Nina stretched her arms behind her head, her fingers searching for the glazed glass of the window. She traced the crack in the glass with her fingers right till the edge, where it met the rusted metal casing. Just below this spot was the latch to the window. She lifted the latch and pulled the window open. Then she held the metallic grill, feeling the deliciously intricate floral pattern. With the cool morning breeze came the sounds of be-quick-be-quick! The bulbuls were up! That’s right, she thought to herself, tell Mrs Kamath to be quick. As she thought this, the bulbul changed her call to the longer be-careful ... be-careful. Hey, you aren’t allowed to say two different things, Nina admonished. Then she remembered the time when Francis, then a young boy of twelve, had gifted her a toy whistle. When you blew into it, the breath went through a tiny container of water and produced a bubbly trill that sounded just like a bulbul. Francis had a knack of picking out the most interesting things. Last month he had sent her a speech-reading software that read out everything on a computer screen. The voice had an American accent though, and she wondered if she could get Ramesh’s voice on it. She had asked Francis about it but he had been excited about other developments.

‘Ninu, there are some freaky things happening here … just found out that somebody’s planning to set up a call centre where blind people can send in a photograph. The people at the call centre will read out, means describe the picture to them!’

‘What? How do you mean? Send pictures? How?’ Nina asked.

‘Using a phone camera, silly. They’re expecting blind shoppers to use the service for things like finding out prices of products printed on cartons or just to find out what the sky looks like. All for a fee of course, but just imagine someone waiting at the end of a phone line to describe the world to you!’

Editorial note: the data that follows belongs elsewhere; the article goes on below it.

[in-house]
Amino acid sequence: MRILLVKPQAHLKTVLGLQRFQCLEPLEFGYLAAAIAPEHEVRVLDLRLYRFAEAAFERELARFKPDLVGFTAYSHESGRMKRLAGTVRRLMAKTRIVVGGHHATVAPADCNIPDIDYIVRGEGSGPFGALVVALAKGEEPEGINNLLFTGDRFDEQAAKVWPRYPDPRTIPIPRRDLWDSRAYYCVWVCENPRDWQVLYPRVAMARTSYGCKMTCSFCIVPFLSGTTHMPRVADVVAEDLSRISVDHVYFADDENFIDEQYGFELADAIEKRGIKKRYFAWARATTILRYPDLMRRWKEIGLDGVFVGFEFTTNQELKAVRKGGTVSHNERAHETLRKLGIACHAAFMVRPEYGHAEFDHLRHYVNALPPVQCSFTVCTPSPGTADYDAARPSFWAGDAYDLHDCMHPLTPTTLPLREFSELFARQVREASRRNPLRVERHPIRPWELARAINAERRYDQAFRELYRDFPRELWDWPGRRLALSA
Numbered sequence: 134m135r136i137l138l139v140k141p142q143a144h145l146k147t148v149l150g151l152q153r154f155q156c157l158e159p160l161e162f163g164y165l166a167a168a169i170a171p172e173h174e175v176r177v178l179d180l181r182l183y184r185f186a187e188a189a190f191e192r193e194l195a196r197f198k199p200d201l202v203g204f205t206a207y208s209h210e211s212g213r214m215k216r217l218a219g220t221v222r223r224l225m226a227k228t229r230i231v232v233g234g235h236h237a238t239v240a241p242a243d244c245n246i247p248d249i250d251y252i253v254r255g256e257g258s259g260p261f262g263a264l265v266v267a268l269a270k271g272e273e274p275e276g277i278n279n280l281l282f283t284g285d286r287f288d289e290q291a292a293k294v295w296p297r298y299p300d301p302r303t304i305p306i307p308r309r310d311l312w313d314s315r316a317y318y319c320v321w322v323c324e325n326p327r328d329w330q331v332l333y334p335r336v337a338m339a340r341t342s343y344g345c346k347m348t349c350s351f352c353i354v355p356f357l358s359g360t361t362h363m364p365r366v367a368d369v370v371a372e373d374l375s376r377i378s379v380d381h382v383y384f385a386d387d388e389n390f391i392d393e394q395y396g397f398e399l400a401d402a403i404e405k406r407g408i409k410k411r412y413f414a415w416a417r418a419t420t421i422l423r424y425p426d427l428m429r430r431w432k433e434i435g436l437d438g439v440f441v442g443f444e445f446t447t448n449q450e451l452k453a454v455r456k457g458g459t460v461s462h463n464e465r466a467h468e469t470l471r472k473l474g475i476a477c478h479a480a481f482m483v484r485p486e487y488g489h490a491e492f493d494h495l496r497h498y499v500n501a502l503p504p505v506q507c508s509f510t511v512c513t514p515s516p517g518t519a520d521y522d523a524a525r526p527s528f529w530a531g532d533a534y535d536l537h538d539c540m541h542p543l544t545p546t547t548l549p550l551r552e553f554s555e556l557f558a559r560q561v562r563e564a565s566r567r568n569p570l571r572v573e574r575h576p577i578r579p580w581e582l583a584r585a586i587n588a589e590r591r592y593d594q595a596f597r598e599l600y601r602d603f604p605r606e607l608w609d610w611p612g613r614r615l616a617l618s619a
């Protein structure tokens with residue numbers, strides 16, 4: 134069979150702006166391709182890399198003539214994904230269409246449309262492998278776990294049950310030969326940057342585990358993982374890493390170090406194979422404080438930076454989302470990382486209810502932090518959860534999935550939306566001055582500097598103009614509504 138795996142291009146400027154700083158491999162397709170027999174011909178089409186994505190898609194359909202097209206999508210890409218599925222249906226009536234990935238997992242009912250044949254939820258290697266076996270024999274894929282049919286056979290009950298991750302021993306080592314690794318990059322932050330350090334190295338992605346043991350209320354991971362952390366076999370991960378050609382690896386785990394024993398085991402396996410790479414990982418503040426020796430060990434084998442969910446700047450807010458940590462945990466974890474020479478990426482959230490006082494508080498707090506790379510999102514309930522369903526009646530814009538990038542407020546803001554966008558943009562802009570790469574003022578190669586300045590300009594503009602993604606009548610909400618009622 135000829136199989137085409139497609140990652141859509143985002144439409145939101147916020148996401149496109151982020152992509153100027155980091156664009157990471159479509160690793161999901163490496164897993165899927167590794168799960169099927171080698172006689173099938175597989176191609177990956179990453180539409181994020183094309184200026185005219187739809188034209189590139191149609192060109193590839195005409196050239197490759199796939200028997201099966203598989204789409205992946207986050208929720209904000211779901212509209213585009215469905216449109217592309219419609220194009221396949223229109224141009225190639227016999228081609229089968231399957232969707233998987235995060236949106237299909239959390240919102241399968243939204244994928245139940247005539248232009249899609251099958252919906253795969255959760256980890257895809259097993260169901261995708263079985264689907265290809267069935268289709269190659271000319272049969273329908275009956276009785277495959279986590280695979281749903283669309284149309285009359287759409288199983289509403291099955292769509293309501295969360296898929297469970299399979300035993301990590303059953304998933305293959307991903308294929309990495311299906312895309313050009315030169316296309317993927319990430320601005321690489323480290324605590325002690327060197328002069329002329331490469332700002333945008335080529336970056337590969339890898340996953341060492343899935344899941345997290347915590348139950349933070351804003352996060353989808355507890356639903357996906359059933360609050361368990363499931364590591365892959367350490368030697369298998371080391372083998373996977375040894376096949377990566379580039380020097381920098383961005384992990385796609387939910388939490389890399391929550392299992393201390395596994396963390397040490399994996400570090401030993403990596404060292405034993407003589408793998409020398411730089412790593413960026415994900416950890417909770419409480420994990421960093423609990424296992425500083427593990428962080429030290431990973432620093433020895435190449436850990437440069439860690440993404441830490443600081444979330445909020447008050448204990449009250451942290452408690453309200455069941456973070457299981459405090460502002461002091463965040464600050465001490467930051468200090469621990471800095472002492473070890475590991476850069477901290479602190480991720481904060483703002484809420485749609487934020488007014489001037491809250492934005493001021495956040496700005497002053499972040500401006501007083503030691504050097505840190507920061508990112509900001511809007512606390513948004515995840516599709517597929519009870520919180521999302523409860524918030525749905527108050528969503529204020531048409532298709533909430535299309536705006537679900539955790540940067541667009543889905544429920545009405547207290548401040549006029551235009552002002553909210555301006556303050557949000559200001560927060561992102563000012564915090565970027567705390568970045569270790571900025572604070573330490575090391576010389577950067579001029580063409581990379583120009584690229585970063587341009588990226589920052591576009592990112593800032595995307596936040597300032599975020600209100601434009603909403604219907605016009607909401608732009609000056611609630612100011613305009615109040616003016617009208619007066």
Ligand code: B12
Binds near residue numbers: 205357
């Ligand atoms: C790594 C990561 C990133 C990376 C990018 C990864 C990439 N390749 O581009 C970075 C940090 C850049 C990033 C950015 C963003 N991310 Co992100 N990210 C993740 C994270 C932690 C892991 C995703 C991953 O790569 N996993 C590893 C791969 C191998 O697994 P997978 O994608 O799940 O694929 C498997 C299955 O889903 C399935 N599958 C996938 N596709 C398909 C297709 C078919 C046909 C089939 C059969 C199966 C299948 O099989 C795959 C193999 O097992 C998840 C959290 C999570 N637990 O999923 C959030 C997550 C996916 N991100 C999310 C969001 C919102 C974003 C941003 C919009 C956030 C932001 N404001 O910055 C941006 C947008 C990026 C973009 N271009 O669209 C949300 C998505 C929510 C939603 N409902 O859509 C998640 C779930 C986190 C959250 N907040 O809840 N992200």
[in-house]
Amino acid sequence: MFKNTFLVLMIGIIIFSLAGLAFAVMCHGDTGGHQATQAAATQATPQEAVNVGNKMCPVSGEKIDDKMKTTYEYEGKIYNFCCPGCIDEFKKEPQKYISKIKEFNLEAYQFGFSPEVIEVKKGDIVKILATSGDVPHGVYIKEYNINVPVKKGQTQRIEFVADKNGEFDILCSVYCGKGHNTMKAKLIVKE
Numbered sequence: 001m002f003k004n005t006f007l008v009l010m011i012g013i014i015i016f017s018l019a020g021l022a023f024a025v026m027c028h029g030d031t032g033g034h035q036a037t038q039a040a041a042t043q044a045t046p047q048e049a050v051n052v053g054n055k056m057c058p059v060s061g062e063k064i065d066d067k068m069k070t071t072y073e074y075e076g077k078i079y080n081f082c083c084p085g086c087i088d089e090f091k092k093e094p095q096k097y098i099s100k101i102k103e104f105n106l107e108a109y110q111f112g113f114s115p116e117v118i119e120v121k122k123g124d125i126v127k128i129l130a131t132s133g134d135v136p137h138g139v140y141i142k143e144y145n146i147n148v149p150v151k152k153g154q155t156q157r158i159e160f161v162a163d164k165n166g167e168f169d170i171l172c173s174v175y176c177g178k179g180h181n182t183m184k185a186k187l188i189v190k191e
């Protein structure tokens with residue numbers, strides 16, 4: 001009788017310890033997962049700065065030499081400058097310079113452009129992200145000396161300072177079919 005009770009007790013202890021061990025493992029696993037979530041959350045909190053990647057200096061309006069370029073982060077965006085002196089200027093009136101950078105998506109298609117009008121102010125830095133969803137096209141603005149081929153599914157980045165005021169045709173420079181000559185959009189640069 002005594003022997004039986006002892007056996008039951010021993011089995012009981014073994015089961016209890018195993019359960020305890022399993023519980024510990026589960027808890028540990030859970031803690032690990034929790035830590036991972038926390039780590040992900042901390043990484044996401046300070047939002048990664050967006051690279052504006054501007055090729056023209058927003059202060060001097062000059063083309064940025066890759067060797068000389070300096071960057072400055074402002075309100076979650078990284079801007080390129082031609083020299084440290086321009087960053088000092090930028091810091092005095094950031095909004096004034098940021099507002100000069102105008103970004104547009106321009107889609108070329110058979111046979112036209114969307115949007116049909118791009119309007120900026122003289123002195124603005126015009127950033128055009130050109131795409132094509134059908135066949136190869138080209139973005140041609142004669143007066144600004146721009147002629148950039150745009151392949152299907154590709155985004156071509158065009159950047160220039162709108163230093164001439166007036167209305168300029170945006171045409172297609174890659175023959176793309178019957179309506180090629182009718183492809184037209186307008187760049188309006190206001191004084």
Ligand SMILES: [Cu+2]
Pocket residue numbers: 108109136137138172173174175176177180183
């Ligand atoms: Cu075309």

‘Will I be able to use it here?’

‘It’s just a phone number so I’m sure you can call too, but hey, listen, it’s just an idea right now …will take some time to happen re. How’s Ramesh?’

‘Fine.’

‘Any decision yet?’

‘No, not yet. But let’s see …’

‘I’m telling you that witch will never decide. You guys should just go ahead and …’

‘Shut up!’

‘Oh, I forgot, she might end up being your mother-in-law! Better start doing some self-defence courses, El Nino. If you want I can send you some instructional material from here.’

‘I’ll talk to you later,’ and Nina hung up.

‘Say hello to ma and pa …’ Francis managed to squeeze in.

Nina heard the metal squeak of the gate. She followed her father’s footsteps as he climbed the three steps to the veranda, the tea cup rattling in the saucer. The dogs followed him excitedly, panting noisily. She heard father pull the cane chair. He then switched on the fan and … puk! … took out his glasses from the plastic case. He started reading the newspaper.

Tuk-tuk-tuk! Tuk-tuk-tuk!